WASHINGTON, Oct 22 (Reuters) - It will take a month or two for the U.S. Agriculture Department to decide whether to buy more pork to prop up the money-losing hog industry, Deputy Agriculture Undersecretary Michael Scuse said on Thursday.
The National Pork Producers Council (NPPC) wants the government to buy at least $50 million of pork products to use for government food assistance programs.
Hog producers have lost, on average, nearly $23 for each hog marketed since September 2009, “and things look bleak going forward,” said NPPC president Don Butler at House Agriculture subcommittee hearing.
Scuse told the subcommittee losses “are expected to moderate from now through 2010 as demand increases and hog supplies decline.
“The department continues to evaluate pork market conditions and, if justified, (USDA) will initiate additional surplus removal purchases this fiscal year,” Scuse said.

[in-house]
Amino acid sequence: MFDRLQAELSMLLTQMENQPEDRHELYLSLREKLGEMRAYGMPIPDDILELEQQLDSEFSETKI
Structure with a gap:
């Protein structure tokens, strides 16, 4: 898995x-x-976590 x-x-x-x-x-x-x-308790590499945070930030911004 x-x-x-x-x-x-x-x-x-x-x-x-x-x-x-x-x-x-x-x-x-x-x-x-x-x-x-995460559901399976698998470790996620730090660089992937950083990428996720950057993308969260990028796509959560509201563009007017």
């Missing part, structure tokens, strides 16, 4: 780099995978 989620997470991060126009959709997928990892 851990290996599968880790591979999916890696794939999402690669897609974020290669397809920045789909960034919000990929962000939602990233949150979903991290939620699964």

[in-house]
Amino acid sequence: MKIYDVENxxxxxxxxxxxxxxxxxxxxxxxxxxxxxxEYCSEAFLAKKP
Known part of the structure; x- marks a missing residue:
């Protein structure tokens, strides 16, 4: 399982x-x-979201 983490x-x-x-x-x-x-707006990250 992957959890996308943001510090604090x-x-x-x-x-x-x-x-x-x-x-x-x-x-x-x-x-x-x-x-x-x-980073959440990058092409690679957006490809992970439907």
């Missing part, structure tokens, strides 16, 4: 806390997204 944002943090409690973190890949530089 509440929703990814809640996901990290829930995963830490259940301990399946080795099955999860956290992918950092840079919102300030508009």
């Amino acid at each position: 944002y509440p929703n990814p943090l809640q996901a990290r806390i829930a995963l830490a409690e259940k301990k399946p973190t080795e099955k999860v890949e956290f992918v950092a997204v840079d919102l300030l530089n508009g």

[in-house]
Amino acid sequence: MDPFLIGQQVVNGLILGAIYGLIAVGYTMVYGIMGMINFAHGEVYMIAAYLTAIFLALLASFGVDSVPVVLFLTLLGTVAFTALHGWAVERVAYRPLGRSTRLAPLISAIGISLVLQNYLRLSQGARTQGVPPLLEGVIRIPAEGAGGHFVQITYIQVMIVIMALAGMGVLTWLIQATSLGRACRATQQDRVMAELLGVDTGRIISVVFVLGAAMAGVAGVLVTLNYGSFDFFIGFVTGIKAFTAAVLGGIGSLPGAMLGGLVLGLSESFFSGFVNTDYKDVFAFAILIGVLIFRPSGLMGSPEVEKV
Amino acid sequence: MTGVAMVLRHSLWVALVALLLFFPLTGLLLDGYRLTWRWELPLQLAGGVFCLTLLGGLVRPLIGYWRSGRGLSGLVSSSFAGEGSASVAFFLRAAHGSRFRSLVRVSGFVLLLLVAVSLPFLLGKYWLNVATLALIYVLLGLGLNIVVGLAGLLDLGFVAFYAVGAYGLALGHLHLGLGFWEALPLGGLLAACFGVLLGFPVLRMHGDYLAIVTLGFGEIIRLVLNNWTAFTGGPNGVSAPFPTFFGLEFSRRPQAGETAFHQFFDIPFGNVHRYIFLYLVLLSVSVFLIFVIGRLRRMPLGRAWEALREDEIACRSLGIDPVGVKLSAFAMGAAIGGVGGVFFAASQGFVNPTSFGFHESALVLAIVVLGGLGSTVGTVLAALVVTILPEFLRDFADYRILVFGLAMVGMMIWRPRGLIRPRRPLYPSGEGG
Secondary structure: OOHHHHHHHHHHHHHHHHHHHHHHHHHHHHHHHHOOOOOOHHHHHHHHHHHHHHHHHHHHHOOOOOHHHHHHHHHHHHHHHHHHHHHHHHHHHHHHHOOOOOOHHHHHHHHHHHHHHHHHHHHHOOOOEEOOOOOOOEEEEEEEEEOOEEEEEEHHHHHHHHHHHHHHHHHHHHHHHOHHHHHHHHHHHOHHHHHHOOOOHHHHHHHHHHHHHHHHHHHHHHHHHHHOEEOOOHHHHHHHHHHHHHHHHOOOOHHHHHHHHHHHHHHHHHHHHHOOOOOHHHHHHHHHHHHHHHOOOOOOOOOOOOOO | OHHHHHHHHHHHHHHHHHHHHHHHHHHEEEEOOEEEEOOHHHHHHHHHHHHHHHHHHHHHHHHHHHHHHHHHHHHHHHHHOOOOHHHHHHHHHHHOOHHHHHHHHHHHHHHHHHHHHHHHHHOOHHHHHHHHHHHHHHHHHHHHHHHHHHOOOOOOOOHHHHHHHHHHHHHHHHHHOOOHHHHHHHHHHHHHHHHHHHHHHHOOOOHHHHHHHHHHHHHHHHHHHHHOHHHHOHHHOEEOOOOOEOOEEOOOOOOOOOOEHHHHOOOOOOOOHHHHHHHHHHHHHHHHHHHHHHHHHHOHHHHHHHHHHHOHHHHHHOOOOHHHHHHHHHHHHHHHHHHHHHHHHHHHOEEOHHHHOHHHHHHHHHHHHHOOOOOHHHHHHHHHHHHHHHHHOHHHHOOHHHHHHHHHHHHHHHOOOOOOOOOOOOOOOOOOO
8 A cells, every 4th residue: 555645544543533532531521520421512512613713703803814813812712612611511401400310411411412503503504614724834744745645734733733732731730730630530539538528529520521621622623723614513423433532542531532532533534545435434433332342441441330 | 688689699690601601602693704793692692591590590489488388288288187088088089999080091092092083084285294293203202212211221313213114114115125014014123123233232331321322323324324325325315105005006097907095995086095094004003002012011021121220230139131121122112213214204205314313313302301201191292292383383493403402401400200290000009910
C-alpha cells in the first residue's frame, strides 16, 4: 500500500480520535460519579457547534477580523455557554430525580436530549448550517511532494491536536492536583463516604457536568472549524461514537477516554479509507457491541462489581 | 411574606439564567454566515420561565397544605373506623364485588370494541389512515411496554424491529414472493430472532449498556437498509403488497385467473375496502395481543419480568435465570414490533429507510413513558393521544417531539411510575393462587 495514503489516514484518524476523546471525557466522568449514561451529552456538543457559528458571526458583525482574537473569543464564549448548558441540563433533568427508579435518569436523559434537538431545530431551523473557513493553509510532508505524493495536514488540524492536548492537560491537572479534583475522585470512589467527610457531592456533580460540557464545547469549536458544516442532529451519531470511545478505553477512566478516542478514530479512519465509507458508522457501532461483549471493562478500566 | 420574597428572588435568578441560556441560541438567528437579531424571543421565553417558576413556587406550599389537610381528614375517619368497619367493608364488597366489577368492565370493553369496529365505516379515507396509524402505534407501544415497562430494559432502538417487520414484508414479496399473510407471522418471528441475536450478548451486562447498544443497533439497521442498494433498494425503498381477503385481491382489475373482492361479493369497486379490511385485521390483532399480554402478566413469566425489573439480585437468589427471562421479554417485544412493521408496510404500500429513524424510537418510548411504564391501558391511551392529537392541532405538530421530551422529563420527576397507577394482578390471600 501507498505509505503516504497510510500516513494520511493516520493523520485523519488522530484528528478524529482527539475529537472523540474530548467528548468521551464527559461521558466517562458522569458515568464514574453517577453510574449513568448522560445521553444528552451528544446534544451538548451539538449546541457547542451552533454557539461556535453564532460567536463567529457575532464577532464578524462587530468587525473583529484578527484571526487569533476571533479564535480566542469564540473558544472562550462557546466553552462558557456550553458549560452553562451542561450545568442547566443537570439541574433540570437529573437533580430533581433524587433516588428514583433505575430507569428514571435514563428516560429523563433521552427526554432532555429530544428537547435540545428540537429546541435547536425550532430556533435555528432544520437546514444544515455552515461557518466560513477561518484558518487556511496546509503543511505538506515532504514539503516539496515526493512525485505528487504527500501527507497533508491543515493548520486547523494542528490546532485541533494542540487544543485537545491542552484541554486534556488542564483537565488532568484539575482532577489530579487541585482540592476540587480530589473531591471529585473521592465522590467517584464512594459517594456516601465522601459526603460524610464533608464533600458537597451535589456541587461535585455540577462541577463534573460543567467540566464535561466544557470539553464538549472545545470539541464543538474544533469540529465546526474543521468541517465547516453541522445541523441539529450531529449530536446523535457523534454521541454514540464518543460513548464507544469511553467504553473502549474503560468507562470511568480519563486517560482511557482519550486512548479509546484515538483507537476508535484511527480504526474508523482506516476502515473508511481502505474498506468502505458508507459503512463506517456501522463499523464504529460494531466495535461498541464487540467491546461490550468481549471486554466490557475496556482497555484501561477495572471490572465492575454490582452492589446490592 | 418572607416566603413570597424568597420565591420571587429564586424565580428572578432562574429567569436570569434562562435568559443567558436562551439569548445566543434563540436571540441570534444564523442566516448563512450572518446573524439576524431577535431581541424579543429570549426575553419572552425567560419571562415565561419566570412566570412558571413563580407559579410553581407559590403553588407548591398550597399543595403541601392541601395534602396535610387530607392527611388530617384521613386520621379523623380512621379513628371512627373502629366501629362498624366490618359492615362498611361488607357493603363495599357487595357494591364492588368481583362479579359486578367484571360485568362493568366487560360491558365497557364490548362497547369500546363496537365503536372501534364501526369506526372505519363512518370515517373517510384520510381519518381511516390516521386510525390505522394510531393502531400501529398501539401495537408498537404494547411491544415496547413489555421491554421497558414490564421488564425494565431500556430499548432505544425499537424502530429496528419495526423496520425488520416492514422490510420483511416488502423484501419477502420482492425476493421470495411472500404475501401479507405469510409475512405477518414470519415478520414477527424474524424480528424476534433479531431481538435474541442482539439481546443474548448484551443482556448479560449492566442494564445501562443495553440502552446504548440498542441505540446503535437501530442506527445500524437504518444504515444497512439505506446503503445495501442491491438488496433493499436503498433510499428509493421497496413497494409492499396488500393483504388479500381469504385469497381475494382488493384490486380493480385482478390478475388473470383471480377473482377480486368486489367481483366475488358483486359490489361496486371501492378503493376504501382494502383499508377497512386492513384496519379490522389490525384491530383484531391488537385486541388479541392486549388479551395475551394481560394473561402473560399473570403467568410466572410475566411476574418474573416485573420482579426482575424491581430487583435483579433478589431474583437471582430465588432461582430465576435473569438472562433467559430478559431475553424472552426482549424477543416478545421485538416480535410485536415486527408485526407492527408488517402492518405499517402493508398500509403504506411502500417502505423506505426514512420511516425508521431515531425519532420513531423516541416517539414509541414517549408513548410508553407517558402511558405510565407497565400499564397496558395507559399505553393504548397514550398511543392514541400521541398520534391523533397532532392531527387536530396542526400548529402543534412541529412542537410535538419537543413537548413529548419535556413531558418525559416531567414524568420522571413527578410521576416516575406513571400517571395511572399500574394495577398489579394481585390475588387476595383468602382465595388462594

USDA spent $164.6 million to buy 100 million lbs of pork during fiscal 2009, ending on Sept. 30, mostly for donation to food banks. It was double the total for fiscal 2008 and included a $30 million purchase announced on Sept. 3 to bolster hog prices.
Scuse told reporters “it could be in the next month, it could be within the next two months” when the USDA’s Agricultural Marketing Service completes an analysis of proposals to buy more pork.
Up to $250 million is available in so-called Section 32 funds, raised by customs receipts, to assist unsubsidized U.S. farm products, such as pork.
During the subcommittee hearing, pork producers, industry experts and meatpacker Seaboard Foods, a part of Seaboard Corp (SEB.A), and industry experts said high feed costs were a leading reason for losses by hog farmers. They also cited the recession and loss of U.S. export markets due to the H1N1 flu scare. (Reporting by Charles Abbott; Editing by Marguerita Choy)